So…what do I do? I scrounge around and find a piece of plastic that came off the CD that I’d bought earlier that week. I turn to S and say – here’s a piece of plastic.
He takes it and I hear plastic rustling and ask him ‘what are you doing back there?’.
His response, which has become a classic in the annals of Eric’s Life , was: “I’ve got caca in my hair!”
Apparently, the ‘evil’ from W was affected by the 80 mph wind and made its way back onto S. eeeeeeeewwwwwww! 🙂
After a few minutes of me laughing, W finishing his business and S trying to clean up with a piece of plastic, we were back on the road.
I drop them both off at their respective dorms and W tells me that I should think about washing off my car. I take a look and sure enough..I need to go to the car wash.
So…the night ends with me at the car wash at 3AM in 30 degree weather with it snowing and me washing my car. And it wasn’t one of those automatic car washes either…it was a good old-fashioned hand wash. Man it was cold.
It got better (or worse…depending on your outlook). About halfway through washing my car, a police officer pulled up. He sat there and looked at me. And looked at me. And looked at me. He rolled his window down with a stern look on his face. Then…he said ‘you missed a spot on the back’, laughed and drove off. Whew!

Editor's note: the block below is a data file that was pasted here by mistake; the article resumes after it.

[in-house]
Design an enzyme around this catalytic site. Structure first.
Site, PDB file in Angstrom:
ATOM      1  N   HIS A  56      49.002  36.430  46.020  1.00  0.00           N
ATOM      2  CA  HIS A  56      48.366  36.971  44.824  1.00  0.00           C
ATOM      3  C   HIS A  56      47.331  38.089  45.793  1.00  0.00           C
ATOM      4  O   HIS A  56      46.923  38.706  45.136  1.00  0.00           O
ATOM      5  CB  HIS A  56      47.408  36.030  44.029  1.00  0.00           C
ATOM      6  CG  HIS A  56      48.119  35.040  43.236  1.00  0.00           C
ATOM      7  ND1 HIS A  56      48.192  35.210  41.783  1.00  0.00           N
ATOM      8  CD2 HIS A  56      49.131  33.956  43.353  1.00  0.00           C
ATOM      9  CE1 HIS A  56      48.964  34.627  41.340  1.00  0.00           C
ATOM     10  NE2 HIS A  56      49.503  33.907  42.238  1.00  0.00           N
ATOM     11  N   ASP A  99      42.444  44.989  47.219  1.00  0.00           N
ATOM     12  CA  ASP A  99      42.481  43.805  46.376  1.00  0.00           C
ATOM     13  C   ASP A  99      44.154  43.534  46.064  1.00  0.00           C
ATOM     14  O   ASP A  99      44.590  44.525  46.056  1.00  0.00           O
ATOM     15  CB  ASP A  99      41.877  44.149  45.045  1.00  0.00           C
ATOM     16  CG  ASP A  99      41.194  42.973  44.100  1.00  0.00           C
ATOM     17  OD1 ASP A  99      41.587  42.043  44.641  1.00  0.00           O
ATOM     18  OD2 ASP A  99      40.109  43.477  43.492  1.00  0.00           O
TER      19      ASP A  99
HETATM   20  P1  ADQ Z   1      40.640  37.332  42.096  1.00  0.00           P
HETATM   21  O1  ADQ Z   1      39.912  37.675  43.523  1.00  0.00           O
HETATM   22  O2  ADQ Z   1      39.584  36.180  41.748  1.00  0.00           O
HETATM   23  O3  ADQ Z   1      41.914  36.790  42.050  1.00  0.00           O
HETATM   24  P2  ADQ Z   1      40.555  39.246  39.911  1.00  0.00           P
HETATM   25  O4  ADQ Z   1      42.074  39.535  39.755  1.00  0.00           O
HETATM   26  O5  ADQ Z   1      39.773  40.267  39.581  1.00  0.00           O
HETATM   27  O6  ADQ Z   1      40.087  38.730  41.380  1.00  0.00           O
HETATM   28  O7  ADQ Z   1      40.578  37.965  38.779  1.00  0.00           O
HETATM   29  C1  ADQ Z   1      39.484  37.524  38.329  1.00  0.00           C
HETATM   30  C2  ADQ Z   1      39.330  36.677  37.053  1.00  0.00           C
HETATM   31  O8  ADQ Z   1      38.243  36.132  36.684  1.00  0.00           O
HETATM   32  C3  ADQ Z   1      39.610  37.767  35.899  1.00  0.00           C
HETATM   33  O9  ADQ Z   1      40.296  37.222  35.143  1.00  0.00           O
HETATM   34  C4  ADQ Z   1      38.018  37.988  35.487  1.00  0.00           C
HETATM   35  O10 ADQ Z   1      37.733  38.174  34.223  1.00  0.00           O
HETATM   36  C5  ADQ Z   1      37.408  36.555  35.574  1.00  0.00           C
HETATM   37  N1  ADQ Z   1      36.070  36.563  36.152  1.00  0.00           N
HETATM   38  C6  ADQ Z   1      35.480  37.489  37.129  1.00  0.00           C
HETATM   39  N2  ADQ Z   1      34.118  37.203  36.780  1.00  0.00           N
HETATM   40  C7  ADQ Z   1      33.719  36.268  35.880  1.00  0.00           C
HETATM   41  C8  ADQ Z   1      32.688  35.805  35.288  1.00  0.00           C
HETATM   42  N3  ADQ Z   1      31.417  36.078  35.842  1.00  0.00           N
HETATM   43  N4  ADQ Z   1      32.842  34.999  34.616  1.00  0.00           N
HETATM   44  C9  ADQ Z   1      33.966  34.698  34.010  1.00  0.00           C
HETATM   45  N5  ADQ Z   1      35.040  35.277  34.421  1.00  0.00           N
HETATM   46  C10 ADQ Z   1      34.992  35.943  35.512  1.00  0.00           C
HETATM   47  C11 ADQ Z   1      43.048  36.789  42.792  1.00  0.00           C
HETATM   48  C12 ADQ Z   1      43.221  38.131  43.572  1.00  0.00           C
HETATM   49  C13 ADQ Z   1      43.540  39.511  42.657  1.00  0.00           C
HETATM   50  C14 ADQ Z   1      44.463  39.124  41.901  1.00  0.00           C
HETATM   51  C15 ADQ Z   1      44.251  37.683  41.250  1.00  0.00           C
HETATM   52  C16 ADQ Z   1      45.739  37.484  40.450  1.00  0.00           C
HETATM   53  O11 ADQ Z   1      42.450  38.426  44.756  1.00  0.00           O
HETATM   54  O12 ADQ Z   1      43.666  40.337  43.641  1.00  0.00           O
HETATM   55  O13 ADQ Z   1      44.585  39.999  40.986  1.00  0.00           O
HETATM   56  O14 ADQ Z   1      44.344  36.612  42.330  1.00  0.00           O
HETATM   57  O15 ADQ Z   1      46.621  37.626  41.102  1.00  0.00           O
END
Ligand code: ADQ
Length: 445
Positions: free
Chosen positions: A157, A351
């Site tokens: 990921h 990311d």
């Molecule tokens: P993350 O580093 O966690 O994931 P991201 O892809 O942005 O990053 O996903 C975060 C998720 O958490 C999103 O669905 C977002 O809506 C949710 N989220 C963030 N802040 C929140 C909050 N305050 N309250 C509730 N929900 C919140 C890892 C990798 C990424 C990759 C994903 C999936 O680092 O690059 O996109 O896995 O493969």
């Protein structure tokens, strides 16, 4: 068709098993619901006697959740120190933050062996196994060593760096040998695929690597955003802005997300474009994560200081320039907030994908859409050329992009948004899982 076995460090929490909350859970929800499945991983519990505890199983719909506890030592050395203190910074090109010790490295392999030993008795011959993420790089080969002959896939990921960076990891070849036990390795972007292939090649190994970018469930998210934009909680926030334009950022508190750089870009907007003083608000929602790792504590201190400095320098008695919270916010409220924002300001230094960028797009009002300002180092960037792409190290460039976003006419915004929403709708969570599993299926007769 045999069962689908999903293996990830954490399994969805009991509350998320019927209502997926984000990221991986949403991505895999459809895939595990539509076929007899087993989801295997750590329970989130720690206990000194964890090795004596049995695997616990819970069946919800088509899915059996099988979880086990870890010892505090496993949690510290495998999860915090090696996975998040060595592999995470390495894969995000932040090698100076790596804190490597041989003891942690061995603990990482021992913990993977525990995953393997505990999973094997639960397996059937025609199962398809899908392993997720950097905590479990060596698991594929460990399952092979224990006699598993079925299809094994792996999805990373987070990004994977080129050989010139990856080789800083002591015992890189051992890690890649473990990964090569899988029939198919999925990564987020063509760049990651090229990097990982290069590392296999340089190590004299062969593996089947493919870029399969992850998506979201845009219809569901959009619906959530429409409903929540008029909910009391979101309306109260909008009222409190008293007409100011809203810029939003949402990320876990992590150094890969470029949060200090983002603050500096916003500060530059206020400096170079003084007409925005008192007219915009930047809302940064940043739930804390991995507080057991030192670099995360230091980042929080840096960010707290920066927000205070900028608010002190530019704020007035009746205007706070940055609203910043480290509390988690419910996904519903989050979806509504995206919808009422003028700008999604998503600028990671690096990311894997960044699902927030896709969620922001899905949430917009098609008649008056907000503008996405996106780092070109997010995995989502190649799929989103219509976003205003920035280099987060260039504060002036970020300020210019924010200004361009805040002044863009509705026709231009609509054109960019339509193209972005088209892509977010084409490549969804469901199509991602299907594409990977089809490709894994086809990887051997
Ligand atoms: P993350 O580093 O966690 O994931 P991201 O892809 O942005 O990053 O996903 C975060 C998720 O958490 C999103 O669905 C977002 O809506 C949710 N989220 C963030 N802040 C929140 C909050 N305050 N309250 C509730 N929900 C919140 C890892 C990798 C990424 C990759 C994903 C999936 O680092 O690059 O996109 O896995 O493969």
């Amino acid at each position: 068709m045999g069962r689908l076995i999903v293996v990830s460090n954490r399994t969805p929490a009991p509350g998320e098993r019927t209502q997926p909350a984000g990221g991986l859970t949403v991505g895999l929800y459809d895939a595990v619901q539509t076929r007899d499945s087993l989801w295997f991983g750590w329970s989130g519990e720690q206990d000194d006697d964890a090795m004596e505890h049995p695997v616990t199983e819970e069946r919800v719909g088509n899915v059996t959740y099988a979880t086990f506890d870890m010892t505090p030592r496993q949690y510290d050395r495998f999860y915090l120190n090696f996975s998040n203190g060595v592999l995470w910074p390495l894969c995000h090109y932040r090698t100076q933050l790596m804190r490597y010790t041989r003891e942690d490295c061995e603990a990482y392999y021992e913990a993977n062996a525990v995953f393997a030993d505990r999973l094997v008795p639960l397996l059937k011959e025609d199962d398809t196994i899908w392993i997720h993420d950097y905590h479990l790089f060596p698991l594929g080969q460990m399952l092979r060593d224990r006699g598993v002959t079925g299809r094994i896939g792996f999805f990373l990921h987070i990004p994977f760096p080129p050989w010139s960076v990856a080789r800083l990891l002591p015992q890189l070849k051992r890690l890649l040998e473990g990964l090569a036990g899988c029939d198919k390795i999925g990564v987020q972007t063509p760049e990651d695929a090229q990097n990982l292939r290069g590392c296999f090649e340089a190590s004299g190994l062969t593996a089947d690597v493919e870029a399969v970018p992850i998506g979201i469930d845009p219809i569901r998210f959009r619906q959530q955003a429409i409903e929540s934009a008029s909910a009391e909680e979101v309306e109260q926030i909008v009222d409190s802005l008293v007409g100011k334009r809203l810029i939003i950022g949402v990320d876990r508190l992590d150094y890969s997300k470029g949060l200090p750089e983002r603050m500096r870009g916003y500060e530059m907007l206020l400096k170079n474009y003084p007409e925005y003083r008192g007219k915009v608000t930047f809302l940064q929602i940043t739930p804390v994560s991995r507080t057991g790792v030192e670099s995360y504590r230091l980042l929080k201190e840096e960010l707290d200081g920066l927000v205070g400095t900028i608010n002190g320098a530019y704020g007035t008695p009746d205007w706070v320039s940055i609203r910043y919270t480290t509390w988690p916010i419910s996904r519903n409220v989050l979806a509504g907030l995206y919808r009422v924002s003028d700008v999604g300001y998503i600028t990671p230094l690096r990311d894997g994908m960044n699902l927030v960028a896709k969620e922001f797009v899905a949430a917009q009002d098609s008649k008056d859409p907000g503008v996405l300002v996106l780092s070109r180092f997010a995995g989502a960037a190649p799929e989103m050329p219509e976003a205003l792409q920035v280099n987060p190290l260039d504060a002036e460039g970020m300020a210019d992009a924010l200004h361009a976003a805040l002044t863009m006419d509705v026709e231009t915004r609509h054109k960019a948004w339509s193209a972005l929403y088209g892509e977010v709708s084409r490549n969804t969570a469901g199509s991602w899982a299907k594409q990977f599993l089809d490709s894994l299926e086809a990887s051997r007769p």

So…other than just sharing a story from my wild college days, what’s the purpose of this post?
Its pretty a simple one – but one that we often get wrong. The moral – pay attention when people talk. Listen to what they say. Don’t assume you know what their trying to say.
I assumed that I knew what W was saying and I ended up washing puke off my car at 3AM while staring down a police officer.
If you assume that you know what your team or coworkers are doing or trying to say, you may end up cleaning up a pretty nasty mess.
Open up your ears and listen. Or…don’t…and wait for the mess that will inevitably come your way.
What have I been thinking about? Lots of things…but as it relates to this post, I’ve been thinking about the one trait that CIO’s can improve upon for 2010. By improving this one simple trait, I believe the ability of the IT group to deliver real value to the organization will increase exponentially.
What’ trait am I talking about? Listening
In the world of IT, we do a lot of talking. We talk. And talk. And talk.
We do listen some. We send business analysts and project managers out to talk to customers. Did you catch that? We send people to ‘talk’ to customers. We don’t send people to “listen” to customers.